Bonefishing is one of the best of the angling sports... maybe the best! But if you don't take the time to acquire the basic skills or if you let your skills rust, you're certain to be disappointed on the flight home. To be sure, the best way to get good at bonefishing is to spend time on the water. You can subscribe to all the magazines, read all the how-to books and watch all the videos you want, but there is simply no substitute for actually being out there in the salt. On the flats, you train your eyes to see fish and learn the critical subtleties such as presentation, retrieve, and hookset that can often mean the difference between success and failure. And because bonefish live in such exotic locations, it takes a commitment of time, energy and money to learn these requisite skills.
In recent years, the number of anglers wishing to spend their precious vacation time in the salt has risen dramatically. In response to this demand, many new lodges have opened hoping to cater to these adventuresome anglers. The choices are now greater than ever. On the downside, prices have skyrocketed as many lodge owners scramble to gain from the bonefishing boom. A seemingly endless stream of anglers willing to accept price increases without blinking an eye has enticed many of these lodges and some larger booking agencies to cater more and more to affluent anglers. Lodges have sought to provide every possible creature comfort from deluxe accommodations to five-star dining while many booking agencies have focused their entire marketing efforts on these high-end experiences.
For the dedicated angler, we see two dangers with this trend:
First, often these high-end lodges need to book 12-16 anglers per week in order to support the cash flow needs of bank loans and investors. These large numbers of anglers can often overwhelm the carrying capacity of a resource and the fishing can quickly begin to suffer. We feel that good fishing is our clients' first priority and no matter how good the food and lodging might be, without good fishing, these amenities mean nothing. While we have nothing against creature comforts, we do insist that the lodges we choose to book offer excellent and sustainable angling opportunities. To put it another way, the affluent angler does himself no good if he is seduced by the glossy and glitzy high-end places and ignores the smaller, but perhaps more productive locales. One of our more dedicated clients, who can afford to fish wherever he wishes, says,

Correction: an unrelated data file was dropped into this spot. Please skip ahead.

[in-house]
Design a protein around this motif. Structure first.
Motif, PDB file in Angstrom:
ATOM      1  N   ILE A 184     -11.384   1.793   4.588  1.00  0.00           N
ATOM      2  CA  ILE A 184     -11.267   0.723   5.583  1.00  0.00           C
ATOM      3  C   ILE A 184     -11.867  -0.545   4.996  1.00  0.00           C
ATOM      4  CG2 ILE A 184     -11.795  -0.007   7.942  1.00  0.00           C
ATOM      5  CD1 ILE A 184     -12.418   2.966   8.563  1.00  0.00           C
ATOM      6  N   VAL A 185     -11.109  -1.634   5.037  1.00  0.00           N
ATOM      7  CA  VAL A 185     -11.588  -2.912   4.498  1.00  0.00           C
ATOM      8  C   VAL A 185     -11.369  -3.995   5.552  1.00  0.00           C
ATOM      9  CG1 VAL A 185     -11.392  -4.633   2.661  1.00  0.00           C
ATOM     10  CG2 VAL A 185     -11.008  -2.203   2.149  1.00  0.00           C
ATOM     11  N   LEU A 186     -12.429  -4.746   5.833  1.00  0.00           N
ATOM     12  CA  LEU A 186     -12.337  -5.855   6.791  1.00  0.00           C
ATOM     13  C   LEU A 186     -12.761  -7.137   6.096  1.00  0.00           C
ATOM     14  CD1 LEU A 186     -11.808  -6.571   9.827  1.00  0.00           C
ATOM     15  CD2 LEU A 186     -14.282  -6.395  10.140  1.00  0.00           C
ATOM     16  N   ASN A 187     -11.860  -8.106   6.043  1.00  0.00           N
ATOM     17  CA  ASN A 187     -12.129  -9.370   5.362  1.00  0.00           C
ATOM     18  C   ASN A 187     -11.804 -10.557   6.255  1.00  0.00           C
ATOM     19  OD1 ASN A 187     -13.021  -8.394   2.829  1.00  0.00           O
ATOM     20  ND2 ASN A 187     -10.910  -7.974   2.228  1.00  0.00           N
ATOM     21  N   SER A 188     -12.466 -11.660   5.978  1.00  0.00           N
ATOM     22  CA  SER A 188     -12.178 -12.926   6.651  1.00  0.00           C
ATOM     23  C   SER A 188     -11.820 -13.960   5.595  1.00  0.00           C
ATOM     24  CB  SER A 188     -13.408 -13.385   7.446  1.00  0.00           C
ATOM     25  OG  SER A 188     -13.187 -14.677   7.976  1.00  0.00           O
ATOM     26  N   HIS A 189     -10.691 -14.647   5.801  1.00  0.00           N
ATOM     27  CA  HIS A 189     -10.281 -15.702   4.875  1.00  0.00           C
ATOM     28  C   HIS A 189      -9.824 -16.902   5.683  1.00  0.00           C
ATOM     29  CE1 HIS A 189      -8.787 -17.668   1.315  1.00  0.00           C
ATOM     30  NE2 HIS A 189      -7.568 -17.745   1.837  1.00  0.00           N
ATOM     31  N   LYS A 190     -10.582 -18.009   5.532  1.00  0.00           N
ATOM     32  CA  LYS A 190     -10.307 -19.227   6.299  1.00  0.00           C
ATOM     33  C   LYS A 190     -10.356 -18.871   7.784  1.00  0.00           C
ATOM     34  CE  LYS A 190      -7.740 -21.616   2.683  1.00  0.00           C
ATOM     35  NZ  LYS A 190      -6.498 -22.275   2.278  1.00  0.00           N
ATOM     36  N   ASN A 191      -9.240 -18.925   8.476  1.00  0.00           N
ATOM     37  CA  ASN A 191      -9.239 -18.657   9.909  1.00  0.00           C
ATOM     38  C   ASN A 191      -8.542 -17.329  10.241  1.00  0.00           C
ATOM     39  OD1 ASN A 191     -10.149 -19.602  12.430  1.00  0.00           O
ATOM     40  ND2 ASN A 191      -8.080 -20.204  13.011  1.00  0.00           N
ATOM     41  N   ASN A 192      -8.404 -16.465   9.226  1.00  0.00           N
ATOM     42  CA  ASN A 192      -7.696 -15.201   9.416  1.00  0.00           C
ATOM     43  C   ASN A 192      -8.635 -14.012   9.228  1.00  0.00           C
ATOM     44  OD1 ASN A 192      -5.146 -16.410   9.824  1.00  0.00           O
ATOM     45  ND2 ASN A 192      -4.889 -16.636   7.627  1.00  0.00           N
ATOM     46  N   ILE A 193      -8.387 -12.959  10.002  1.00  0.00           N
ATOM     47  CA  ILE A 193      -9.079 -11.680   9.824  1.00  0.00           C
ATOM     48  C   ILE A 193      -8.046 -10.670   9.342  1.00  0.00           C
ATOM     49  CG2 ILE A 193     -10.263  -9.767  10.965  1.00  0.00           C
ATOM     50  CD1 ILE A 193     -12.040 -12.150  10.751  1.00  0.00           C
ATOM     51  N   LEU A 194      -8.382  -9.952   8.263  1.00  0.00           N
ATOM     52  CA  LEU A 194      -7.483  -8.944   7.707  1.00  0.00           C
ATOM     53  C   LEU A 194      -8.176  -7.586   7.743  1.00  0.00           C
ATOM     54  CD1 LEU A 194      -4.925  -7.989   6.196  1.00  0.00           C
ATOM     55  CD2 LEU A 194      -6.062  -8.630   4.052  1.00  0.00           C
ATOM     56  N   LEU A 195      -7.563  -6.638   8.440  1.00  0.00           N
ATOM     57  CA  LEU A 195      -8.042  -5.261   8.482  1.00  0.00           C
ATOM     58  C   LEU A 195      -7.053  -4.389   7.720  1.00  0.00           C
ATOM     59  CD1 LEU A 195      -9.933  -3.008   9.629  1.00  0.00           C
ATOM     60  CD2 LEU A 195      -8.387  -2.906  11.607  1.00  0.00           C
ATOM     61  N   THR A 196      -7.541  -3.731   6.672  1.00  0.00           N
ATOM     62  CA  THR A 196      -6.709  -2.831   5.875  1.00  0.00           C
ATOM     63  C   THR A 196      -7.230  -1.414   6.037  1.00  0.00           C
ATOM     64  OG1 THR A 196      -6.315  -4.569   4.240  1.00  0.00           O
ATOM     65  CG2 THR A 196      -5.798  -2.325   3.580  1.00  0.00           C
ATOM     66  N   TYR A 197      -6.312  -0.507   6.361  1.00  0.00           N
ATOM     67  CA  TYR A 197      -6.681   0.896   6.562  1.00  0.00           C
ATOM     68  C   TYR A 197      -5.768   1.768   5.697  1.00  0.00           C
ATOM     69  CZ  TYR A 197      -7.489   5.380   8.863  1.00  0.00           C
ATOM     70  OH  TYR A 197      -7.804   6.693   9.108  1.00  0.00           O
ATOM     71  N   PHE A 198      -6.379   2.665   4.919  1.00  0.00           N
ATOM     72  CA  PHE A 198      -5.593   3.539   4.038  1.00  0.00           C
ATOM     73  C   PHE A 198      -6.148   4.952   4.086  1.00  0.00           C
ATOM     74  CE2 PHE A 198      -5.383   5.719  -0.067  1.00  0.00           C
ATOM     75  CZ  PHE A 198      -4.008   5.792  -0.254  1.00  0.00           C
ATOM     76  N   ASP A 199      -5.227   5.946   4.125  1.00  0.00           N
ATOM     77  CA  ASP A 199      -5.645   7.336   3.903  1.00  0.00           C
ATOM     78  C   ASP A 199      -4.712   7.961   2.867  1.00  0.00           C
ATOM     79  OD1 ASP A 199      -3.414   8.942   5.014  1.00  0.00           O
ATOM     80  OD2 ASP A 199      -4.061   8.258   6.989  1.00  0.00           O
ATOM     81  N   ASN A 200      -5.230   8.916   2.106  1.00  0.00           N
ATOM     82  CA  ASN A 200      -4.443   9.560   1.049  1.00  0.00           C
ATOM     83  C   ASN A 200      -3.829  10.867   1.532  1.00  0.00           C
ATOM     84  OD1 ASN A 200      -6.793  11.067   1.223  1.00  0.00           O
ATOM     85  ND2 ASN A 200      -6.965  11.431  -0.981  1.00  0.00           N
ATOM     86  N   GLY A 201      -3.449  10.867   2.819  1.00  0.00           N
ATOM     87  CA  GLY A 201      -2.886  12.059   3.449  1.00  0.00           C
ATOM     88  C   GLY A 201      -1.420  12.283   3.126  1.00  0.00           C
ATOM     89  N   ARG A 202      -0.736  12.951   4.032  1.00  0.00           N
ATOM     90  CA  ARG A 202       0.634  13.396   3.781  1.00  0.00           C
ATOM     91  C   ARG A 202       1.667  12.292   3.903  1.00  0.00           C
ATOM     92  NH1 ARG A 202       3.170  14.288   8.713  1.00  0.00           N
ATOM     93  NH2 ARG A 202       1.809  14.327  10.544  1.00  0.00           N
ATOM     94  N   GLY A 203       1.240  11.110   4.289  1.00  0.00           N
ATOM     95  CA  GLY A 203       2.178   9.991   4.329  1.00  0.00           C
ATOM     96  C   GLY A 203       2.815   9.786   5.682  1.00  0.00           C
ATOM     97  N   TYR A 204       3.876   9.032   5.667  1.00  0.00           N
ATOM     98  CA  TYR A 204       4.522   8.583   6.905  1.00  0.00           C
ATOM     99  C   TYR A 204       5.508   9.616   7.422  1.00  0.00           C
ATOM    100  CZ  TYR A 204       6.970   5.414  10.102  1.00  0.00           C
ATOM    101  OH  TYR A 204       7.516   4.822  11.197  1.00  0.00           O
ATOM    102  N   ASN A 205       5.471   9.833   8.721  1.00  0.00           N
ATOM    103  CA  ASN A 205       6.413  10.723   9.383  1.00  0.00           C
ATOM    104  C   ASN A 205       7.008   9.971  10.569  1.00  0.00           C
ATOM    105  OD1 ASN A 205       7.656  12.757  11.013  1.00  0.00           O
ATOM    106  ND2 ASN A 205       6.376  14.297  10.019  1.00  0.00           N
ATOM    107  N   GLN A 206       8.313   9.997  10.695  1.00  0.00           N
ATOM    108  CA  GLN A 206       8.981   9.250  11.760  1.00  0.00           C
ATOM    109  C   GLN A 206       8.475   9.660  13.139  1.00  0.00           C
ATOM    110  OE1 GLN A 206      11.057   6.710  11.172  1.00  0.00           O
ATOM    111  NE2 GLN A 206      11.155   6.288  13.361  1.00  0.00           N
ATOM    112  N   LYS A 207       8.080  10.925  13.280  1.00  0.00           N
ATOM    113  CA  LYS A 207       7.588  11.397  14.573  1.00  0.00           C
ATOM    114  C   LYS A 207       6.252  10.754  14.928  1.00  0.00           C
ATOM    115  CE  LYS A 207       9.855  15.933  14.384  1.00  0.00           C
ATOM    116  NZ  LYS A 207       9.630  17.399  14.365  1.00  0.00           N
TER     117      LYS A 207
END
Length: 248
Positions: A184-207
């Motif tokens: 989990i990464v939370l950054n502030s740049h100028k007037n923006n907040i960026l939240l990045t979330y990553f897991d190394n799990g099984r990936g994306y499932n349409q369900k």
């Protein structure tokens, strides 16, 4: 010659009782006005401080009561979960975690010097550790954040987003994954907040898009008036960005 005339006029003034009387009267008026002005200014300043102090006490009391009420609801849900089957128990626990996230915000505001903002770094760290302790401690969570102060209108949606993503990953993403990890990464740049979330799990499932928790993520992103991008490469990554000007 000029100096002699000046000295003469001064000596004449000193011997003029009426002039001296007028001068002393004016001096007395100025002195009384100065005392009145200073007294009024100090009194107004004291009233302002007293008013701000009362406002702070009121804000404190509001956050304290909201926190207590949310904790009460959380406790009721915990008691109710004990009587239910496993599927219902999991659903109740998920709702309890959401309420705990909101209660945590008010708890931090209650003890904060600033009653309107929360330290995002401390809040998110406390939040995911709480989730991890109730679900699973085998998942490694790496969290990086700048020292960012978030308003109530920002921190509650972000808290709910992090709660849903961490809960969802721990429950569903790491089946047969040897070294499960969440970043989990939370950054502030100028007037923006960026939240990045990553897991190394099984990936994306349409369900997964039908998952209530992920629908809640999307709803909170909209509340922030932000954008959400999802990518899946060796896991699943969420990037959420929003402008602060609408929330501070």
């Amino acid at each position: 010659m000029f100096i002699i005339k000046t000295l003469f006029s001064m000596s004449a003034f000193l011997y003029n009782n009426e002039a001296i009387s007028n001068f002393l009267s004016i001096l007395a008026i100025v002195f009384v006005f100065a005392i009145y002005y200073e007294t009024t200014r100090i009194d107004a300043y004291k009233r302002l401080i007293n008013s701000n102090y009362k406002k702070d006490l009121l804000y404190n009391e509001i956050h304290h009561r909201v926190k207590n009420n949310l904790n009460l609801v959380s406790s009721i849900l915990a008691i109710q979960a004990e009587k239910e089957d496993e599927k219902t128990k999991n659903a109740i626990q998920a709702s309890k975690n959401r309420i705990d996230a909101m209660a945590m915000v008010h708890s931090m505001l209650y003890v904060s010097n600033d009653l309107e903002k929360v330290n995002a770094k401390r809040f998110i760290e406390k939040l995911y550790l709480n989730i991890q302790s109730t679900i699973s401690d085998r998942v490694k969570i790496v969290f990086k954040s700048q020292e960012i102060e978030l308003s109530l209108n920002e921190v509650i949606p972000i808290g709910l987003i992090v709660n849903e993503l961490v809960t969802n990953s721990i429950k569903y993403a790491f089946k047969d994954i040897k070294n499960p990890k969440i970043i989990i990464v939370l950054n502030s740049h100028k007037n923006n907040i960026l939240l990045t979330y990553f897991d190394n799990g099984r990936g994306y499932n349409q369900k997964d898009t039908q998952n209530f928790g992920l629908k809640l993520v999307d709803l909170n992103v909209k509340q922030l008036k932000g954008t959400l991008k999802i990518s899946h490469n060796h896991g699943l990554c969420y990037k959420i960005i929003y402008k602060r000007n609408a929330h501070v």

"Hey, I go fishing to fish. I don't always want five-star dining and hors d'oeuvres on silver plates. I get plenty of that at home or on my business travels. What I do want is for my less affluent friends and my son to go with me. They can't afford the prices of these exclusive resorts. All we want is a good healthy meal, comfortable accommodations and good fishing... and I don't want so many other anglers buzzing around me all the time. I like remote fishing!... and I'd like to go 3-5 times a year instead of once or twice."
Our second objection to the marketing trend that promotes only high-end experiences as viable opportunities is that this approach (and the swelling prices) leaves many students, young professionals, guides, and fly shop owners out of the equation. For these anglers, spending $600 per day to bonefish is not an option ñ and they should not be lead to believe that they must commit to these prices in order to have good fishing. As previously stated, we like a great meal and deluxe accommodations as much as the next fellow. Again, we have absolutely nothing against luxury resorts as long as they offer a quality angling experience along with the amenities. We think these lodges are entirely appropriate for some anglers. We book many of these lodges now and we will continue to in the future. We just don't think it's good for the sport to see this trend towards only high-end experiences. We don't want to leave less affluent anglers behind. Students, guides and fly shop owners are the foot soldiers of our sport and as such, are key to providing the grassroot support that is essential to any out-island conservation or anti-netting effort.
So to the angler able to afford the best, we say, don't put on blinders and certainly don't be seduced by glossy brochures and expensive ads into believing that amenities equal good fishing. And to less affluent anglers, here is a list of angling opportunities that may require some sacrifices in the way of creature comforts, but still offer great fishing at a very affordable price. All of these destinations offer very comfortable accommodations and good, if not gourmet, meals. We have also selected these spots because all offer extensive hard-bottomed flats and prolific fisheries... the two top priorities for our more adventuresome clients.
Some of these destinations are also appropriate for more affluent anglers who want to go more often during the year, put a mixed-income group together or provide an incentive program to employees.
Frank and Ruth's Guesthouse